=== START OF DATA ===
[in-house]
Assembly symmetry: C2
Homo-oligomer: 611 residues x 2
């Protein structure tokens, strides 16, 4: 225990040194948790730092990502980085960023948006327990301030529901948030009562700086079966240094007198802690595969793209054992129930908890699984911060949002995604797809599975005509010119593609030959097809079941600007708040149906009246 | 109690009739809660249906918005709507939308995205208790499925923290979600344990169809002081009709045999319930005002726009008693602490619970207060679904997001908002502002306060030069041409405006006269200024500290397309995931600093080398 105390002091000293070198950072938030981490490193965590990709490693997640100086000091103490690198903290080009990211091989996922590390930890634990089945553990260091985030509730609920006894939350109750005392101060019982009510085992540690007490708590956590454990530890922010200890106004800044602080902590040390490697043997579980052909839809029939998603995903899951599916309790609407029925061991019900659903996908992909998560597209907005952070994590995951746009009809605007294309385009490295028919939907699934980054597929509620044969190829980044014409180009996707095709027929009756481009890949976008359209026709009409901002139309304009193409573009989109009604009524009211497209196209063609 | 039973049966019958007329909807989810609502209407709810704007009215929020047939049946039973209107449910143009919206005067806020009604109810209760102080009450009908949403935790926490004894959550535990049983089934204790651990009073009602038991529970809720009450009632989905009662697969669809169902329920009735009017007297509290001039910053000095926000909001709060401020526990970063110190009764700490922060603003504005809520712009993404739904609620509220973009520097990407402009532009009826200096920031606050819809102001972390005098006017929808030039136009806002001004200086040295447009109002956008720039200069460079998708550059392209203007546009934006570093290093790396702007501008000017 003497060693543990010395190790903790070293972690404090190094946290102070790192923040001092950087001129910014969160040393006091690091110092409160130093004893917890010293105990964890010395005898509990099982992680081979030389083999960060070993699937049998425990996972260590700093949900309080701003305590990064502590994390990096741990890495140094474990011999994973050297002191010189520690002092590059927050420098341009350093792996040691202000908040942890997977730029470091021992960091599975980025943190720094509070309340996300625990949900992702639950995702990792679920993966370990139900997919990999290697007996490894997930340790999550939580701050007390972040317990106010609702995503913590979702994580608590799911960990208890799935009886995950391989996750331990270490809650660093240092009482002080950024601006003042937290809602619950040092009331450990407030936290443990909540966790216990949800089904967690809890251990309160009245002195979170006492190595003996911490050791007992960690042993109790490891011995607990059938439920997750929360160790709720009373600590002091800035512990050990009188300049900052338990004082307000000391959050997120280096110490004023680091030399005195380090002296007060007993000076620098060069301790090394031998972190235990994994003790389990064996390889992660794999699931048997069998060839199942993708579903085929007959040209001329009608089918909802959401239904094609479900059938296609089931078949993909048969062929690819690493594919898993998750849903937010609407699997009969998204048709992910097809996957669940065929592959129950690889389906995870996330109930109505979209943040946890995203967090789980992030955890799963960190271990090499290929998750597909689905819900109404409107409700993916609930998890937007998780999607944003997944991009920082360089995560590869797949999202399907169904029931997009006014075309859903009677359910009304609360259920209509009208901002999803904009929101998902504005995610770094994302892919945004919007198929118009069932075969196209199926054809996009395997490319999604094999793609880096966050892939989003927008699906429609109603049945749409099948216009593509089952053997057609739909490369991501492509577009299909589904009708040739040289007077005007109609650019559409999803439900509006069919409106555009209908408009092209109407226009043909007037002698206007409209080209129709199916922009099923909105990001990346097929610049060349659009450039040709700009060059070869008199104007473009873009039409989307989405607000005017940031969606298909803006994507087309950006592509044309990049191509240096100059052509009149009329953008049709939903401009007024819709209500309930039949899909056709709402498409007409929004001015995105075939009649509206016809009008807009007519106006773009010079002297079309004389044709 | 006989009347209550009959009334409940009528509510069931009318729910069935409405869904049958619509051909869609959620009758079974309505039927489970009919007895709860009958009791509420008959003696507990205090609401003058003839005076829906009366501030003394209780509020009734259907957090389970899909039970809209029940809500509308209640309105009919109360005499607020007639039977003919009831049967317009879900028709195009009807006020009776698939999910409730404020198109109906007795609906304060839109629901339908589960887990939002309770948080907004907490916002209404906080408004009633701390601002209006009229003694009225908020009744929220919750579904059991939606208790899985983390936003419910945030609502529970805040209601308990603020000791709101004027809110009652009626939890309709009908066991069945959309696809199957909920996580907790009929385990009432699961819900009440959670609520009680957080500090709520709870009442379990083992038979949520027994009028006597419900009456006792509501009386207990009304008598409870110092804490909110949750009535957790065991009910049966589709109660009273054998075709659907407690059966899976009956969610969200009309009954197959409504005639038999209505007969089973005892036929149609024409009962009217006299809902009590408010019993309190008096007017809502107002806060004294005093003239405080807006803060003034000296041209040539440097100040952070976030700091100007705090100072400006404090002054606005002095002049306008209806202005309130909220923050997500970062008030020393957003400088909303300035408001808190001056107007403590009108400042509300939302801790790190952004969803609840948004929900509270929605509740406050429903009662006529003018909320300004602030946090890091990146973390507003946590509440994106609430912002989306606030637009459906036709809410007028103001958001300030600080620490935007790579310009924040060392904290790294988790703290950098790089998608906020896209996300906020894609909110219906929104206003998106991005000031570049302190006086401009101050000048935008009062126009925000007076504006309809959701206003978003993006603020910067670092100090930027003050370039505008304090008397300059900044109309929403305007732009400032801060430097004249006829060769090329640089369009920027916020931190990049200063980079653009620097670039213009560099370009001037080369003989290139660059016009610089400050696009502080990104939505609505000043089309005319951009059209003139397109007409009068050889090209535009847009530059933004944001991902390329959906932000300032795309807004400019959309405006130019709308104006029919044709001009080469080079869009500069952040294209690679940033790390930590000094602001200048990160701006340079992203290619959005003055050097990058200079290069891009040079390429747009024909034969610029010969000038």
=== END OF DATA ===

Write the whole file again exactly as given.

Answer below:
[in-house]
Assembly symmetry: C2
Homo-oligomer: 611 residues x 2
């Protein structure tokens, strides 16, 4: 225990040194948790730092990502980085960023948006327990301030529901948030009562700086079966240094007198802690595969793209054992129930908890699984911060949002995604797809599975005509010119593609030959097809079941600007708040149906009246 | 109690009739809660249906918005709507939308995205208790499925923290979600344990169809002081009709045999319930005002726009008693602490619970207060679904997001908002502002306060030069041409405006006269200024500290397309995931600093080398 105390002091000293070198950072938030981490490193965590990709490693997640100086000091103490690198903290080009990211091989996922590390930890634990089945553990260091985030509730609920006894939350109750005392101060019982009510085992540690007490708590956590454990530890922010200890106004800044602080902590040390490697043997579980052909839809029939998603995903899951599916309790609407029925061991019900659903996908992909998560597209907005952070994590995951746009009809605007294309385009490295028919939907699934980054597929509620044969190829980044014409180009996707095709027929009756481009890949976008359209026709009409901002139309304009193409573009989109009604009524009211497209196209063609 | 039973049966019958007329909807989810609502209407709810704007009215929020047939049946039973209107449910143009919206005067806020009604109810209760102080009450009908949403935790926490004894959550535990049983089934204790651990009073009602038991529970809720009450009632989905009662697969669809169902329920009735009017007297509290001039910053000095926000909001709060401020526990970063110190009764700490922060603003504005809520712009993404739904609620509220973009520097990407402009532009009826200096920031606050819809102001972390005098006017929808030039136009806002001004200086040295447009109002956008720039200069460079998708550059392209203007546009934006570093290093790396702007501008000017 003497060693543990010395190790903790070293972690404090190094946290102070790192923040001092950087001129910014969160040393006091690091110092409160130093004893917890010293105990964890010395005898509990099982992680081979030389083999960060070993699937049998425990996972260590700093949900309080701003305590990064502590994390990096741990890495140094474990011999994973050297002191010189520690002092590059927050420098341009350093792996040691202000908040942890997977730029470091021992960091599975980025943190720094509070309340996300625990949900992702639950995702990792679920993966370990139900997919990999290697007996490894997930340790999550939580701050007390972040317990106010609702995503913590979702994580608590799911960990208890799935009886995950391989996750331990270490809650660093240092009482002080950024601006003042937290809602619950040092009331450990407030936290443990909540966790216990949800089904967690809890251990309160009245002195979170006492190595003996911490050791007992960690042993109790490891011995607990059938439920997750929360160790709720009373600590002091800035512990050990009188300049900052338990004082307000000391959050997120280096110490004023680091030399005195380090002296007060007993000076620098060069301790090394031998972190235990994994003790389990064996390889992660794999699931048997069998060839199942993708579903085929007959040209001329009608089918909802959401239904094609479900059938296609089931078949993909048969062929690819690493594919898993998750849903937010609407699997009969998204048709992910097809996957669940065929592959129950690889389906995870996330109930109505979209943040946890995203967090789980992030955890799963960190271990090499290929998750597909689905819900109404409107409700993916609930998890937007998780999607944003997944991009920082360089995560590869797949999202399907169904029931997009006014075309859903009677359910009304609360259920209509009208901002999803904009929101998902504005995610770094994302892919945004919007198929118009069932075969196209199926054809996009395997490319999604094999793609880096966050892939989003927008699906429609109603049945749409099948216009593509089952053997057609739909490369991501492509577009299909589904009708040739040289007077005007109609650019559409999803439900509006069919409106555009209908408009092209109407226009043909007037002698206007409209080209129709199916922009099923909105990001990346097929610049060349659009450039040709700009060059070869008199104007473009873009039409989307989405607000005017940031969606298909803006994507087309950006592509044309990049191509240096100059052509009149009329953008049709939903401009007024819709209500309930039949899909056709709402498409007409929004001015995105075939009649509206016809009008807009007519106006773009010079002297079309004389044709 | 006989009347209550009959009334409940009528509510069931009318729910069935409405869904049958619509051909869609959620009758079974309505039927489970009919007895709860009958009791509420008959003696507990205090609401003058003839005076829906009366501030003394209780509020009734259907957090389970899909039970809209029940809500509308209640309105009919109360005499607020007639039977003919009831049967317009879900028709195009009807006020009776698939999910409730404020198109109906007795609906304060839109629901339908589960887990939002309770948080907004907490916002209404906080408004009633701390601002209006009229003694009225908020009744929220919750579904059991939606208790899985983390936003419910945030609502529970805040209601308990603020000791709101004027809110009652009626939890309709009908066991069945959309696809199957909920996580907790009929385990009432699961819900009440959670609520009680957080500090709520709870009442379990083992038979949520027994009028006597419900009456006792509501009386207990009304008598409870110092804490909110949750009535957790065991009910049966589709109660009273054998075709659907407690059966899976009956969610969200009309009954197959409504005639038999209505007969089973005892036929149609024409009962009217006299809902009590408010019993309190008096007017809502107002806060004294005093003239405080807006803060003034000296041209040539440097100040952070976030700091100007705090100072400006404090002054606005002095002049306008209806202005309130909220923050997500970062008030020393957003400088909303300035408001808190001056107007403590009108400042509300939302801790790190952004969803609840948004929900509270929605509740406050429903009662006529003018909320300004602030946090890091990146973390507003946590509440994106609430912002989306606030637009459906036709809410007028103001958001300030600080620490935007790579310009924040060392904290790294988790703290950098790089998608906020896209996300906020894609909110219906929104206003998106991005000031570049302190006086401009101050000048935008009062126009925000007076504006309809959701206003978003993006603020910067670092100090930027003050370039505008304090008397300059900044109309929403305007732009400032801060430097004249006829060769090329640089369009920027916020931190990049200063980079653009620097670039213009560099370009001037080369003989290139660059016009610089400050696009502080990104939505609505000043089309005319951009059209003139397109007409009068050889090209535009847009530059933004944001991902390329959906932000300032795309807004400019959309405006130019709308104006029919044709001009080469080079869009500069952040294209690679940033790390930590000094602001200048990160701006340079992203290619959005003055050097990058200079290069891009040079390429747009024909034969610029010969000038």